Is Nonito Donaire blowing his chance at greatness?
by Daniel Vano.
On the surface, this seems like a strange question. The ‘Filipino Flash’, Nonito Donaire, cruised to a unanimous decision on Saturday night, adding Jeffry Mathebula’s IBF Super Bantamweight title to his growing collection of world championships. Scores of 119-108, 118-109 and 117-110 portray a picture of dominance. Add to that a heavy knockdown scored in round four, and raised eyebrows may come my way.
But Nonito Donaire was anything but dominant in the Home Depot Centre in Carson, California. While the judges may have scored the fight a near shut out, Donaire’s swollen face told a different story, as did the punch stats. According to CompuBox, by the end of round 9, Mathebula had out-landed Donaire in every round apart from the 4th, when both fighters connected with 19 punches. The South-African’s height and reach advantage was causing the pound for pound star all kinds of problems, and going into the championship rounds, I had Mathebula up 95-94.
Although the reason for Donaire’s struggle may have been Mathebula’s awkwardness, it became clear to me that Donaire himself was the problem. Like so many punchers who have come before him, Nonito has started to fall in love with his power. It wasn’t hard to look for examples of this on Saturday night. Donaire continually ploughed forward, looking for that one big money shot to end proceedings. But it just wasn’t working. ‘There goes Donaire looking for that home run left hook, but he is getting hit with about eight shots.’ While Max Kellerman spoke these words in round 9, he could have uttered them in every round.
Unfortunately for Donaire, jaw-dropping knockouts have come to be expected from him ever since he shocked the world by stopping Vic Darchinyan in the 5th round of Ring Magazine’s Upset of the Year way back in 2007. In 2011 he repeated the feat, this time brutalising Fernando Montiel in the second round. Indeed, since stopping the previously undefeated Darchinyan, Donaire has left a path of destruction in his wake. Brutal stoppage wins over Volodymyr Sydorenko, Hernan Marquez, Raul Martinez and Moruti Mthalane left many ranking Donaire as one of the best fighters in the world, with some suggesting he was the hardest hitting fighter on the planet in a pound for pound sense.
While numerous World Titles at Flyweight, Super Flyweight, and Bantamweight were added in the process, Donaire’s style was changing. No longer was he setting up the power shots by using his awesome boxing skills, instead he began looking for ‘that home run left hook.’ As a result, performances against Omar Narvaez and Wilredo Vazquez Jr up at Super Bantamweight have been less than awe inspiring, despite ‘Flash’ adding yet another world title to his collection.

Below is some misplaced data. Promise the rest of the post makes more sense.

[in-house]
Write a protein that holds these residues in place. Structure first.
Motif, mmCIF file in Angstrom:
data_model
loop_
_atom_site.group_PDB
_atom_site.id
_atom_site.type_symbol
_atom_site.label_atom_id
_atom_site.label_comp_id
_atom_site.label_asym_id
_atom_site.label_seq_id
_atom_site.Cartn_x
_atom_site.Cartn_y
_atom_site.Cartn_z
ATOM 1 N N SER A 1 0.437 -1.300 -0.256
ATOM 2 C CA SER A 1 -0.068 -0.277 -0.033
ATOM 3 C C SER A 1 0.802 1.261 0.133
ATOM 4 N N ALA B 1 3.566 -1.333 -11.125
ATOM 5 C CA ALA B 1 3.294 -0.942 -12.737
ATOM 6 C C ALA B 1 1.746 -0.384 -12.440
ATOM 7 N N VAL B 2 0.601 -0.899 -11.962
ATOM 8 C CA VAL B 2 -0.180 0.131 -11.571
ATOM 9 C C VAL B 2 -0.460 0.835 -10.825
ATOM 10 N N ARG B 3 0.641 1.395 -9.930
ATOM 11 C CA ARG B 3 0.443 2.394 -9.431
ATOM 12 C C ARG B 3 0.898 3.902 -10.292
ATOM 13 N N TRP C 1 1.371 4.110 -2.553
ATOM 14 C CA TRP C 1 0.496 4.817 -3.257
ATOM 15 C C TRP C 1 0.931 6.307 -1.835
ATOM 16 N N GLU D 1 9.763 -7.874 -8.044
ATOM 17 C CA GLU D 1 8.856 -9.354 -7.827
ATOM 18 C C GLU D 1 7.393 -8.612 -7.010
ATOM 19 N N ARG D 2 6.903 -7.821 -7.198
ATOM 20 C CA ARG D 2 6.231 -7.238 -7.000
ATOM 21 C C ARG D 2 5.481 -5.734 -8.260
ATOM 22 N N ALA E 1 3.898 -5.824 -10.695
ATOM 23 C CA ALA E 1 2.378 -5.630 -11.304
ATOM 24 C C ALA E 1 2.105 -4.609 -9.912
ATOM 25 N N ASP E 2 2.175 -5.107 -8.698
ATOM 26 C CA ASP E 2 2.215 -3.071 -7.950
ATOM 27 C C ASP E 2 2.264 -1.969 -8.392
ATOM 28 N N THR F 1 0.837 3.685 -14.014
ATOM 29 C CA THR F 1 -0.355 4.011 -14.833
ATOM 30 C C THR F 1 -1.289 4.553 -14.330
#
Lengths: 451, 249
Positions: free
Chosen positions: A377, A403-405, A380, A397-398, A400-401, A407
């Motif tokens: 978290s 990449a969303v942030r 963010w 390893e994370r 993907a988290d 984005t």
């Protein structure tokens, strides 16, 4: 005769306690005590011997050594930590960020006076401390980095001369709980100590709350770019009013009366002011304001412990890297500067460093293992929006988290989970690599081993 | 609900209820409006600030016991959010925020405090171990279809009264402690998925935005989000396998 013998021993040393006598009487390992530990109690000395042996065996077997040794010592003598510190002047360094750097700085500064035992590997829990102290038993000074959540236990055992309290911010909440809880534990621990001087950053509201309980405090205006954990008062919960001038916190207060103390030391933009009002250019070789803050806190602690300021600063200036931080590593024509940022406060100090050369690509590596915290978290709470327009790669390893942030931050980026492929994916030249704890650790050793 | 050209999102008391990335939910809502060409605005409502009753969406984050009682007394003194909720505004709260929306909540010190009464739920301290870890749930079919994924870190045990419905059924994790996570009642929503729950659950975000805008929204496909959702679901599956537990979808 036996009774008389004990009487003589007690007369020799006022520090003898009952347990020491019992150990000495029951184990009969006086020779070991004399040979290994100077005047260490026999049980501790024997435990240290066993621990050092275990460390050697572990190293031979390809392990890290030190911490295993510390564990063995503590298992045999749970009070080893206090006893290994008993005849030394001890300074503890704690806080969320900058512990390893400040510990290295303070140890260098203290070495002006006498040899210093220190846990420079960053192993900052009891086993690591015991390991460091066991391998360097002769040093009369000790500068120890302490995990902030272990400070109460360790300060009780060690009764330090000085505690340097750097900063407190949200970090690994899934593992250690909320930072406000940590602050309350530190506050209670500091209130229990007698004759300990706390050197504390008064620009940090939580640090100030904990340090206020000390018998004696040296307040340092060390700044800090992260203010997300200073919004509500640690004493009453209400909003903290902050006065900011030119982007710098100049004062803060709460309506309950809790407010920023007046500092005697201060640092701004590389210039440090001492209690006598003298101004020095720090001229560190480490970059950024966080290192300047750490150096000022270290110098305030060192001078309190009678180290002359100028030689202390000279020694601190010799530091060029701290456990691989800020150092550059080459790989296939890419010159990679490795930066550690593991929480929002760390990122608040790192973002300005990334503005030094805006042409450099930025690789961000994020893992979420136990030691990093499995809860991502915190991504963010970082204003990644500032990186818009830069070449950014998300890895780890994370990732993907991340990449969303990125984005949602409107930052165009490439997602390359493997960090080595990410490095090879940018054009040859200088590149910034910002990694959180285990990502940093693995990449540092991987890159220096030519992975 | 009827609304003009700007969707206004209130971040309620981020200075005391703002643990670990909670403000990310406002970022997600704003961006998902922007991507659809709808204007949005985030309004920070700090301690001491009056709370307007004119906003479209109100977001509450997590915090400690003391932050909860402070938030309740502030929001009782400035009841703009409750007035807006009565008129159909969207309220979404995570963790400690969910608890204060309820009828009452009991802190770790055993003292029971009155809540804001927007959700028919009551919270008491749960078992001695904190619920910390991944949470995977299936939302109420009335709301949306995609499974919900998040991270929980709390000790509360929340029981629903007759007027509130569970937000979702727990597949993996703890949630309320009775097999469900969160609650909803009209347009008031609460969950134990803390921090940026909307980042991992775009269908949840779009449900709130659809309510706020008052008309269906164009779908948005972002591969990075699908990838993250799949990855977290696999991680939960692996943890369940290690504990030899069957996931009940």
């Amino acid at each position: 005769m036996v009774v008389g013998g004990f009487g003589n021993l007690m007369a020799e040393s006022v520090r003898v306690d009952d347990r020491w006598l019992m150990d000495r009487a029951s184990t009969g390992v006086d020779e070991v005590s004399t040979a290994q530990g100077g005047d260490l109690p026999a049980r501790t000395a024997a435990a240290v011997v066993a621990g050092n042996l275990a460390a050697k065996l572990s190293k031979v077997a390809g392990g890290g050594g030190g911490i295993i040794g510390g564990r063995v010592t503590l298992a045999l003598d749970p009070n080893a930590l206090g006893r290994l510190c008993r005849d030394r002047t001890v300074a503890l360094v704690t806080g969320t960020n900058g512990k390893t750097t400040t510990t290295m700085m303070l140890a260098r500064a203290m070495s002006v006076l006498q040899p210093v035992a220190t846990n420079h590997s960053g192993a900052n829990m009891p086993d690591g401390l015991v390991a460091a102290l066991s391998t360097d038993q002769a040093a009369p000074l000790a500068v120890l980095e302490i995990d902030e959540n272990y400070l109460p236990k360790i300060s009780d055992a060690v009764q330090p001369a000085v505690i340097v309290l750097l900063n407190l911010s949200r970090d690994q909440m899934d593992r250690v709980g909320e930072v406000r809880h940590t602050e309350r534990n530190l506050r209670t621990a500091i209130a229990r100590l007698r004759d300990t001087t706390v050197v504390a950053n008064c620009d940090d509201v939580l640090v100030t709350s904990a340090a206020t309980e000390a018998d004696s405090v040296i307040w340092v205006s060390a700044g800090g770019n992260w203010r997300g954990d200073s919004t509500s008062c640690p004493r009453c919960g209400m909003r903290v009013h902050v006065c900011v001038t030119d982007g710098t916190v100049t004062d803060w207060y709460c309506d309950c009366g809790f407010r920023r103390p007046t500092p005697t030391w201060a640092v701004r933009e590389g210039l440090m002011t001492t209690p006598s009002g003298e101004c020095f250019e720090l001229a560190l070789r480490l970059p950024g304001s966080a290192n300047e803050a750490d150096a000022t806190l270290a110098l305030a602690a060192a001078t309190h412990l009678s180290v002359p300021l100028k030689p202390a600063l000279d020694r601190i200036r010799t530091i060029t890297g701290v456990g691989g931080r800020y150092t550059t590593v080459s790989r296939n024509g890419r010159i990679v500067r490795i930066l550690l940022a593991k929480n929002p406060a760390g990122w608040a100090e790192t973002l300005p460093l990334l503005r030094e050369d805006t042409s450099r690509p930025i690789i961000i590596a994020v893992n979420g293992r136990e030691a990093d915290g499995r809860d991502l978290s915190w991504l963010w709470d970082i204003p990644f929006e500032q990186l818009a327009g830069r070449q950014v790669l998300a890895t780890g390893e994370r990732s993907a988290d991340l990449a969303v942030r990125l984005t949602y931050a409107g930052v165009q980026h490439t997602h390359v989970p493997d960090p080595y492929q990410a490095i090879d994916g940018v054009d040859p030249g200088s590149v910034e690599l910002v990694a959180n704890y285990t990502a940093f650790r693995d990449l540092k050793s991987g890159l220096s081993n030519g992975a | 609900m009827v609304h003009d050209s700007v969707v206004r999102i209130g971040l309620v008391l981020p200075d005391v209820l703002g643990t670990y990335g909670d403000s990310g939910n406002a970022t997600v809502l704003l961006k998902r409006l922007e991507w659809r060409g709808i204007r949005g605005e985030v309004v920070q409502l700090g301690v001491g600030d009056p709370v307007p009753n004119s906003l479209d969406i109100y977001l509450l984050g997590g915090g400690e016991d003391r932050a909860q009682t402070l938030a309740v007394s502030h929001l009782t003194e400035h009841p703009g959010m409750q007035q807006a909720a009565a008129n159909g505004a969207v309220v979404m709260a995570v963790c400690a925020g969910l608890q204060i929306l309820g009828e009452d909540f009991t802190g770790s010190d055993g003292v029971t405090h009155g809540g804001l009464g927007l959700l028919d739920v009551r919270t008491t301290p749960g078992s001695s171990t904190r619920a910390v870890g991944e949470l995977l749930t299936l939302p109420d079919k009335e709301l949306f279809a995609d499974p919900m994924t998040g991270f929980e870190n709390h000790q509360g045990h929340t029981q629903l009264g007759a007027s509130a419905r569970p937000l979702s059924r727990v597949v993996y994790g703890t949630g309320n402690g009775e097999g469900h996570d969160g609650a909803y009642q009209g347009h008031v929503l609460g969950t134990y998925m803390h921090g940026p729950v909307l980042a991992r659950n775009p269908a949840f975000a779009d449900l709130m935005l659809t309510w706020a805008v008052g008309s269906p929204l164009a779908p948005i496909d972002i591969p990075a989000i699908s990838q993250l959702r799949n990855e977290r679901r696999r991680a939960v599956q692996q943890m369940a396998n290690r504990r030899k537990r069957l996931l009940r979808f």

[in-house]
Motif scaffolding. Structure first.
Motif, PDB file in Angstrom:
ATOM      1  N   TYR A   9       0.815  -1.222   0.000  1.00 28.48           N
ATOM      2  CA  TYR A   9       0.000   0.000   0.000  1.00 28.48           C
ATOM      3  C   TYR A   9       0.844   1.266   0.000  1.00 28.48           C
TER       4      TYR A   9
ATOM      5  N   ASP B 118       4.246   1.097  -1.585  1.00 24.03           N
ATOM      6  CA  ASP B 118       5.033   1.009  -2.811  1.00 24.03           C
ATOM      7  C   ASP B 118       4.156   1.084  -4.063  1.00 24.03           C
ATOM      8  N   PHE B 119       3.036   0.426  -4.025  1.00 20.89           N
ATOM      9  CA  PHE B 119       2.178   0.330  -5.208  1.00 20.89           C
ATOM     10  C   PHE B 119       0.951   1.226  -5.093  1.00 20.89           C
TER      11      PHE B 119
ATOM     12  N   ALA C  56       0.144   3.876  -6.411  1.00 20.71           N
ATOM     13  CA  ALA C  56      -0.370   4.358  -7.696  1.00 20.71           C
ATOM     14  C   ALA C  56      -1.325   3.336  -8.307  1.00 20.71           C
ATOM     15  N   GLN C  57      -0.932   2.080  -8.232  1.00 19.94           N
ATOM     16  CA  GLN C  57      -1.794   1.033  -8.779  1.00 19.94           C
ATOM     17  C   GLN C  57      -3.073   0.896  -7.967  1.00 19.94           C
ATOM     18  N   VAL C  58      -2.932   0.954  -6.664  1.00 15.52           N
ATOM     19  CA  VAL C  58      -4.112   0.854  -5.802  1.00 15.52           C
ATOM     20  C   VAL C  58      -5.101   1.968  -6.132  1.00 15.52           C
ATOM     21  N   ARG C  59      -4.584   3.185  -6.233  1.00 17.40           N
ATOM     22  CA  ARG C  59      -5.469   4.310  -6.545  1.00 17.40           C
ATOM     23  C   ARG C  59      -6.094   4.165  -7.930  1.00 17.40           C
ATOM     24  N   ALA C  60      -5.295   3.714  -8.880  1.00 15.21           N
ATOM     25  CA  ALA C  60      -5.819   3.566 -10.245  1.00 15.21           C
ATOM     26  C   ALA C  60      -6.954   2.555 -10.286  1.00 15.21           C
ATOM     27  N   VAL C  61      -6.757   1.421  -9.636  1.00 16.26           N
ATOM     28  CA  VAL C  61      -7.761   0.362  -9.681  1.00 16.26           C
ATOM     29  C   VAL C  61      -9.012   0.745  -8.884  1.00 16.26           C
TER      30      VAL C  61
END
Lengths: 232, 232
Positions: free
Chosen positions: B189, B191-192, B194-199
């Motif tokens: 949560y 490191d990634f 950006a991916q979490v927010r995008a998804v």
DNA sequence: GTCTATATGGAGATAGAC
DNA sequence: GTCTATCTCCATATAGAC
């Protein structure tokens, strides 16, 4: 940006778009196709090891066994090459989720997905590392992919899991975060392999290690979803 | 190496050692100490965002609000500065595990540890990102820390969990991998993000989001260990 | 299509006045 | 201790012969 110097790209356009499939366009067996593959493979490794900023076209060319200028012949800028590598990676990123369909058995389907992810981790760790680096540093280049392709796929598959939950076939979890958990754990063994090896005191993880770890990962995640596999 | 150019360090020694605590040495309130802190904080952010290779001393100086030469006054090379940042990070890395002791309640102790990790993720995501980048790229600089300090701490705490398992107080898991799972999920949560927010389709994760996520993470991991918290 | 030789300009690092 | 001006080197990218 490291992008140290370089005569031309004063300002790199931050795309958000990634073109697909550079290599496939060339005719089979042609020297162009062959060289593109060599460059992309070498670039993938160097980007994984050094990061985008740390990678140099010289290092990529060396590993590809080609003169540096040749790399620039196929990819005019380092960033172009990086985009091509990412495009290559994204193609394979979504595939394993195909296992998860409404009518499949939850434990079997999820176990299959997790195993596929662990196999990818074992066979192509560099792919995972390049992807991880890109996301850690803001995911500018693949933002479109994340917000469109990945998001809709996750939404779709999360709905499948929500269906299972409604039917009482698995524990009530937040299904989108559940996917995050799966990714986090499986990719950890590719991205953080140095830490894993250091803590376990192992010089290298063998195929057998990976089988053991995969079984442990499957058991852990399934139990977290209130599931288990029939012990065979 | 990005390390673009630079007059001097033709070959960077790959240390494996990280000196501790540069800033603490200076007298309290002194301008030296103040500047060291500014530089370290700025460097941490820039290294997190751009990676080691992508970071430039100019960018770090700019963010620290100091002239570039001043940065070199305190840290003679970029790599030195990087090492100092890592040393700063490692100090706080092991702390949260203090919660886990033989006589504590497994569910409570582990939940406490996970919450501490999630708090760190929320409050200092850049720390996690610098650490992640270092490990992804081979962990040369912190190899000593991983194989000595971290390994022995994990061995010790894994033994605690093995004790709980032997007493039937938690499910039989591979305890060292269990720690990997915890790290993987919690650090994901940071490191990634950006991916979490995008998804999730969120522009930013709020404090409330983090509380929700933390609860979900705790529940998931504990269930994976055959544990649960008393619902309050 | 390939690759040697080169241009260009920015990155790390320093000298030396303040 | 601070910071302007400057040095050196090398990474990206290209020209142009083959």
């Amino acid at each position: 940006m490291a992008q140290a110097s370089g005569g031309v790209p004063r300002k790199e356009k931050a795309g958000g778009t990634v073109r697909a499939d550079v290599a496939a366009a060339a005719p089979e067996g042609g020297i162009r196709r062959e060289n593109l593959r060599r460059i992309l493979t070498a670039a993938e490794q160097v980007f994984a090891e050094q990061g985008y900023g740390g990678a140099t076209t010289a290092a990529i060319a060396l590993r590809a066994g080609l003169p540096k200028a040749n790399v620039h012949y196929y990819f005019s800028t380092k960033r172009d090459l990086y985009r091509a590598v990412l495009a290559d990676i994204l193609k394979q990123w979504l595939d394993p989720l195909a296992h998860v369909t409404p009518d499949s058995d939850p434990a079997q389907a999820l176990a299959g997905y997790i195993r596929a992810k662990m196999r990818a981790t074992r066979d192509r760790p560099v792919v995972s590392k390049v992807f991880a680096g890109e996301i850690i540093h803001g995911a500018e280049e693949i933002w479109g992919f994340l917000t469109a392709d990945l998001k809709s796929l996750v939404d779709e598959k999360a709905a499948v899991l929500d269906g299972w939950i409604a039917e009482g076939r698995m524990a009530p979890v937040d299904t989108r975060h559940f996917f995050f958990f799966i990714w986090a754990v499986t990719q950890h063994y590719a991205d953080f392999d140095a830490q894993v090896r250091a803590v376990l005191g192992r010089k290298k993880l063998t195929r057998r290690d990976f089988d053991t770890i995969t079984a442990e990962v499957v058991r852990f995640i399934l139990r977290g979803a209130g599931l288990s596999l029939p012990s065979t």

Ironically, however, it was Nonito’s power which may have bailed him out on Saturday night. The knockdown in the 4th round, as well as inflicting a possible broken jaw to Mathebula in the 11th round, which subsequently slowed the South African up for the rest of the fight, saw him scrape home 114-113 on my card. But it is now clear a change is needed. Donaire needs to revert back to the style which made him such a force, boxing his way inside, and letting the power shots flow by countering opponents with his quick, awkward punches.
Greatness beckons for the man they call the ‘Flash’. But he will need to be a lot better against the best fighters the Super Bantamweight division has to offer, namely Toshiaki Nishioka, Abner Mares, and the talented Cuban Guillermo Rigondeaux, if he is to achieve his boxing destiny. A further move up in weight has been spoken about, with a mouth watering fight against Yuriorkis Gamboa a very real possibility in the near future.
I shall end this by repeating myself. Greatness beckons for this talented 29 year old. The only man in Nonito Donaire’s way is the ‘Filipino Flash’ himself.